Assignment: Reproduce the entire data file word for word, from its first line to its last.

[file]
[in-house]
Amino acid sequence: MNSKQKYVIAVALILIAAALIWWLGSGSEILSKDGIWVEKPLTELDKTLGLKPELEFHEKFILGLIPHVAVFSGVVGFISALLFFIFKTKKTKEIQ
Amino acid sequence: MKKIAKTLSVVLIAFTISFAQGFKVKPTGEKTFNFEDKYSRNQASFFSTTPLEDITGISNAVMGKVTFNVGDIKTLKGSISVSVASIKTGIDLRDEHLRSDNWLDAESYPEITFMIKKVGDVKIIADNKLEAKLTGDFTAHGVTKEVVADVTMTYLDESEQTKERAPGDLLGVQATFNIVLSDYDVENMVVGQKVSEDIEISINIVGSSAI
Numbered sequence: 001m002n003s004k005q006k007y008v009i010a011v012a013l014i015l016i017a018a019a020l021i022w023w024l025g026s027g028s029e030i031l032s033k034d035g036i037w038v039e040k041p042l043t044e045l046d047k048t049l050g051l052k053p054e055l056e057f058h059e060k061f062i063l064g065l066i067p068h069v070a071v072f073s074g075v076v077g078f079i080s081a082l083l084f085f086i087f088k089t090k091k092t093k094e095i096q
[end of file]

[in-house]
Amino acid sequence: MNSKQKYVIAVALILIAAALIWWLGSGSEILSKDGIWVEKPLTELDKTLGLKPELEFHEKFILGLIPHVAVFSGVVGFISALLFFIFKTKKTKEIQ
Amino acid sequence: MKKIAKTLSVVLIAFTISFAQGFKVKPTGEKTFNFEDKYSRNQASFFSTTPLEDITGISNAVMGKVTFNVGDIKTLKGSISVSVASIKTGIDLRDEHLRSDNWLDAESYPEITFMIKKVGDVKIIADNKLEAKLTGDFTAHGVTKEVVADVTMTYLDESEQTKERAPGDLLGVQATFNIVLSDYDVENMVVGQKVSEDIEISINIVGSSAI
Numbered sequence: 001m002n003s004k005q006k007y008v009i010a011v012a013l014i015l016i017a018a019a020l021i022w023w024l025g026s027g028s029e030i031l032s033k034d035g036i037w038v039e040k041p042l043t044e045l046d047k048t049l050g051l052k053p054e055l056e057f058h059e060k061f062i063l064g065l066i067p068h069v070a071v072f073s074g075v076v077g078f079i080s081a082l083l084f085f086i087f088k089t090k091k092t093k094e095i096q